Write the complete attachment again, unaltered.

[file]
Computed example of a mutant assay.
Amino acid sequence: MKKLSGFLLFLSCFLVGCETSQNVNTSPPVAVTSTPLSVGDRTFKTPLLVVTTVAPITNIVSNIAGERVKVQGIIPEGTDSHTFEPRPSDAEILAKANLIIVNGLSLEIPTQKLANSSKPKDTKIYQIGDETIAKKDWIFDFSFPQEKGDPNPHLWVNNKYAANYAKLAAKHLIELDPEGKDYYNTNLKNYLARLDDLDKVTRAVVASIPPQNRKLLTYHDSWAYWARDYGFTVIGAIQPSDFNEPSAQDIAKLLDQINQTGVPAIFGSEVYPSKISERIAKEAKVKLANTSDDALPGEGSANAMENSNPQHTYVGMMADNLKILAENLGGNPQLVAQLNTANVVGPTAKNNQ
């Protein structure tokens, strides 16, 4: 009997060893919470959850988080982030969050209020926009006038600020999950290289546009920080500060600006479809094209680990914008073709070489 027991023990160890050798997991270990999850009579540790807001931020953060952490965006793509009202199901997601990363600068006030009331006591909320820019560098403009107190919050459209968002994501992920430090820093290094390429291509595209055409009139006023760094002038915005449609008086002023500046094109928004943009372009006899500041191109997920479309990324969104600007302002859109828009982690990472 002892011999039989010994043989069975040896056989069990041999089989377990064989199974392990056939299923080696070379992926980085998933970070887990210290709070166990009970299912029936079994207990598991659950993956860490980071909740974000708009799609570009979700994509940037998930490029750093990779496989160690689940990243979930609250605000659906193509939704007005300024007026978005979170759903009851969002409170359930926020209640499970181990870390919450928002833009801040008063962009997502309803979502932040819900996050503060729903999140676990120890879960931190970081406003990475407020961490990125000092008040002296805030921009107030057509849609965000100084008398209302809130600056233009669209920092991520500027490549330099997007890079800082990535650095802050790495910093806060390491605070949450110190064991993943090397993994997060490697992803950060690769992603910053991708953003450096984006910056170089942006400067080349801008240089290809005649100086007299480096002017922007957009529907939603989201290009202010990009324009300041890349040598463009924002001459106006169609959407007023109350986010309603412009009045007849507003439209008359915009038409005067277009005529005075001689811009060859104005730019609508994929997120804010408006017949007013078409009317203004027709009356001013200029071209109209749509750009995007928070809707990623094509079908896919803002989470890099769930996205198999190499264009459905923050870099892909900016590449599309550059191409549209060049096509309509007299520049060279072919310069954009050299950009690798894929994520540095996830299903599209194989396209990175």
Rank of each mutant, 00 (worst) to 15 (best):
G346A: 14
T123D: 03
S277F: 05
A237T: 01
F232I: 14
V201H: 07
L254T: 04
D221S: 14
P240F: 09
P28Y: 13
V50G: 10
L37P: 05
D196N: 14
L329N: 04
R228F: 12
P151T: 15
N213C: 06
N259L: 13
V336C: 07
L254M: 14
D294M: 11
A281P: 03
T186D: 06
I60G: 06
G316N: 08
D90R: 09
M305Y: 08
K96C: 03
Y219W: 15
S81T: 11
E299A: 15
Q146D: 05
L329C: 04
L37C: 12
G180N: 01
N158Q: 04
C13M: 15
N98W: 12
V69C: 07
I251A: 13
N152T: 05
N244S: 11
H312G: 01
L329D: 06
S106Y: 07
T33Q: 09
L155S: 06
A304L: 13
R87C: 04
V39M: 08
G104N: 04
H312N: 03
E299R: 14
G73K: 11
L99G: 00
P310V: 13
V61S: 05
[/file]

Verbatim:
Computed example of a mutant assay.
Amino acid sequence: MKKLSGFLLFLSCFLVGCETSQNVNTSPPVAVTSTPLSVGDRTFKTPLLVVTTVAPITNIVSNIAGERVKVQGIIPEGTDSHTFEPRPSDAEILAKANLIIVNGLSLEIPTQKLANSSKPKDTKIYQIGDETIAKKDWIFDFSFPQEKGDPNPHLWVNNKYAANYAKLAAKHLIELDPEGKDYYNTNLKNYLARLDDLDKVTRAVVASIPPQNRKLLTYHDSWAYWARDYGFTVIGAIQPSDFNEPSAQDIAKLLDQINQTGVPAIFGSEVYPSKISERIAKEAKVKLANTSDDALPGEGSANAMENSNPQHTYVGMMADNLKILAENLGGNPQLVAQLNTANVVGPTAKNNQ
């Protein structure tokens, strides 16, 4: 009997060893919470959850988080982030969050209020926009006038600020999950290289546009920080500060600006479809094209680990914008073709070489 027991023990160890050798997991270990999850009579540790807001931020953060952490965006793509009202199901997601990363600068006030009331006591909320820019560098403009107190919050459209968002994501992920430090820093290094390429291509595209055409009139006023760094002038915005449609008086002023500046094109928004943009372009006899500041191109997920479309990324969104600007302002859109828009982690990472 002892011999039989010994043989069975040896056989069990041999089989377990064989199974392990056939299923080696070379992926980085998933970070887990210290709070166990009970299912029936079994207990598991659950993956860490980071909740974000708009799609570009979700994509940037998930490029750093990779496989160690689940990243979930609250605000659906193509939704007005300024007026978005979170759903009851969002409170359930926020209640499970181990870390919450928002833009801040008063962009997502309803979502932040819900996050503060729903999140676990120890879960931190970081406003990475407020961490990125000092008040002296805030921009107030057509849609965000100084008398209302809130600056233009669209920092991520500027490549330099997007890079800082990535650095802050790495910093806060390491605070949450110190064991993943090397993994997060490697992803950060690769992603910053991708953003450096984006910056170089942006400067080349801008240089290809005649100086007299480096002017922007957009529907939603989201290009202010990009324009300041890349040598463009924002001459106006169609959407007023109350986010309603412009009045007849507003439209008359915009038409005067277009005529005075001689811009060859104005730019609508994929997120804010408006017949007013078409009317203004027709009356001013200029071209109209749509750009995007928070809707990623094509079908896919803002989470890099769930996205198999190499264009459905923050870099892909900016590449599309550059191409549209060049096509309509007299520049060279072919310069954009050299950009690798894929994520540095996830299903599209194989396209990175």
Rank of each mutant, 00 (worst) to 15 (best):
G346A: 14
T123D: 03
S277F: 05
A237T: 01
F232I: 14
V201H: 07
L254T: 04
D221S: 14
P240F: 09
P28Y: 13
V50G: 10
L37P: 05
D196N: 14
L329N: 04
R228F: 12
P151T: 15
N213C: 06
N259L: 13
V336C: 07
L254M: 14
D294M: 11
A281P: 03
T186D: 06
I60G: 06
G316N: 08
D90R: 09
M305Y: 08
K96C: 03
Y219W: 15
S81T: 11
E299A: 15
Q146D: 05
L329C: 04
L37C: 12
G180N: 01
N158Q: 04
C13M: 15
N98W: 12
V69C: 07
I251A: 13
N152T: 05
N244S: 11
H312G: 01
L329D: 06
S106Y: 07
T33Q: 09
L155S: 06
A304L: 13
R87C: 04
V39M: 08
G104N: 04
H312N: 03
E299R: 14
G73K: 11
L99G: 00
P310V: 13
V61S: 05